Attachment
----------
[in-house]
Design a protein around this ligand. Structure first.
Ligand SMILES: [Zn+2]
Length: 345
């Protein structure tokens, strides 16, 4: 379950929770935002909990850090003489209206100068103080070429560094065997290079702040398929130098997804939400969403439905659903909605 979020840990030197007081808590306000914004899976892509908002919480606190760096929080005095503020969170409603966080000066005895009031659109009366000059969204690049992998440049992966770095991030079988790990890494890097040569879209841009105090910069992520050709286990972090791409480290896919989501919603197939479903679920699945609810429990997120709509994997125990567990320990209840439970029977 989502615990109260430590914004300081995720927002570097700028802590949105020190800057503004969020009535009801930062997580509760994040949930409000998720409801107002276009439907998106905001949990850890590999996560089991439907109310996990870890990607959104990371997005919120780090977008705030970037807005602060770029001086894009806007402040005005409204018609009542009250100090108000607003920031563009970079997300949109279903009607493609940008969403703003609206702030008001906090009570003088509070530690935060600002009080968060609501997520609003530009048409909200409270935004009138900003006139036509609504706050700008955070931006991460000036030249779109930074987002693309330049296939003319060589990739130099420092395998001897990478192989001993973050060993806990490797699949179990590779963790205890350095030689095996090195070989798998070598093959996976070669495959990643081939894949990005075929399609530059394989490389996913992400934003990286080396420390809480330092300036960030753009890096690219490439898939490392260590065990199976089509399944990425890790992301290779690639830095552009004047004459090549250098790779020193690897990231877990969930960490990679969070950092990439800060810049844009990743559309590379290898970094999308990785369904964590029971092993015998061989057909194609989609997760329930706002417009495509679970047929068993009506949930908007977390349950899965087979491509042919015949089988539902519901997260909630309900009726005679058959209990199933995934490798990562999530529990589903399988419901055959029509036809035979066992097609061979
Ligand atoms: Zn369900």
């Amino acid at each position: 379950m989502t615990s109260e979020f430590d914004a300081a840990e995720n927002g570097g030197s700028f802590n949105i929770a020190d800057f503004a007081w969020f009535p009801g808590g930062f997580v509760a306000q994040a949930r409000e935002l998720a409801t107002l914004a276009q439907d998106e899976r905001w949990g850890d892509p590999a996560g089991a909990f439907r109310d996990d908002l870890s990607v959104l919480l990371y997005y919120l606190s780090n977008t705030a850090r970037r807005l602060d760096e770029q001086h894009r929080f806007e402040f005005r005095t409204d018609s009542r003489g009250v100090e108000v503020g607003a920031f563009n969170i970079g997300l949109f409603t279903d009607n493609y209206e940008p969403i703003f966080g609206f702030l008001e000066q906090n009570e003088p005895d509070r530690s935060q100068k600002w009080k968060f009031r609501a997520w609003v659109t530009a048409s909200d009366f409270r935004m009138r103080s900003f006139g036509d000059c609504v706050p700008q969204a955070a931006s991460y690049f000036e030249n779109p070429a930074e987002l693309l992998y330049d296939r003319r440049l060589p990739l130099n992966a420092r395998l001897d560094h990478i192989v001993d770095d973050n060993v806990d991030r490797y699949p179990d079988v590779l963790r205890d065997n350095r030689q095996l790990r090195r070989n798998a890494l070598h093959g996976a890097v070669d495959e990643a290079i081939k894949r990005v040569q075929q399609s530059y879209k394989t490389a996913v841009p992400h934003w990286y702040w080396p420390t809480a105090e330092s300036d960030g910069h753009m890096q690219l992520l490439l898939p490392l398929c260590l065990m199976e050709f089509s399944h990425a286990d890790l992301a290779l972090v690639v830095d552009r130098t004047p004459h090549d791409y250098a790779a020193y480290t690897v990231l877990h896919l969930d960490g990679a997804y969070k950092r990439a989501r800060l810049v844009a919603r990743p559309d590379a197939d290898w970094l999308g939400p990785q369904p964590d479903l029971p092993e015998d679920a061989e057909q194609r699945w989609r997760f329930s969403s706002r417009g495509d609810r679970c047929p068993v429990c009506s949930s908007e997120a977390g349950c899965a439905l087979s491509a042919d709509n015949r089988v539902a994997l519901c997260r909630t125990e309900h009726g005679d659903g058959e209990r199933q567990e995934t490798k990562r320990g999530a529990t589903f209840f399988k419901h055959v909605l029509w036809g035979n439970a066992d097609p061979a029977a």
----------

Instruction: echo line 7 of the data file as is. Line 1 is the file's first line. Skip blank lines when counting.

């Amino acid at each position: 379950m989502t615990s109260e979020f430590d914004a300081a840990e995720n927002g570097g030197s700028f802590n949105i929770a020190d800057f503004a007081w969020f009535p009801g808590g930062f997580v509760a306000q994040a949930r409000e935002l998720a409801t107002l914004a276009q439907d998106e899976r905001w949990g850890d892509p590999a996560g089991a909990f439907r109310d996990d908002l870890s990607v959104l919480l990371y997005y919120l606190s780090n977008t705030a850090r970037r807005l602060d760096e770029q001086h894009r929080f806007e402040f005005r005095t409204d018609s009542r003489g009250v100090e108000v503020g607003a920031f563009n969170i970079g997300l949109f409603t279903d009607n493609y209206e940008p969403i703003f966080g609206f702030l008001e000066q906090n009570e003088p005895d509070r530690s935060q100068k600002w009080k968060f009031r609501a997520w609003v659109t530009a048409s909200d009366f409270r935004m009138r103080s900003f006139g036509d000059c609504v706050p700008q969204a955070a931006s991460y690049f000036e030249n779109p070429a930074e987002l693309l992998y330049d296939r003319r440049l060589p990739l130099n992966a420092r395998l001897d560094h990478i192989v001993d770095d973050n060993v806990d991030r490797y699949p179990d079988v590779l963790r205890d065997n350095r030689q095996l790990r090195r070989n798998a890494l070598h093959g996976a890097v070669d495959e990643a290079i081939k894949r990005v040569q075929q399609s530059y879209k394989t490389a996913v841009p992400h934003w990286y702040w080396p420390t809480a105090e330092s300036d960030g910069h753009m890096q690219l992520l490439l898939p490392l398929c260590l065990m199976e050709f089509s399944h990425a286990d890790l992301a290779l972090v690639v830095d552009r130098t004047p004459h090549d791409y250098a790779a020193y480290t690897v990231l877990h896919l969930d960490g990679a997804y969070k950092r990439a989501r800060l810049v844009a919603r990743p559309d590379a197939d290898w970094l999308g939400p990785q369904p964590d479903l029971p092993e015998d679920a061989e057909q194609r699945w989609r997760f329930s969403s706002r417009g495509d609810r679970c047929p068993v429990c009506s949930s908007e997120a977390g349950c899965a439905l087979s491509a042919d709509n015949r089988v539902a994997l519901c997260r909630t125990e309900h009726g005679d659903g058959e209990r199933q567990e995934t490798k990562r320990g999530a529990t589903f209840f399988k419901h055959v909605l029509w036809g035979n439970a066992d097609p061979a029977a």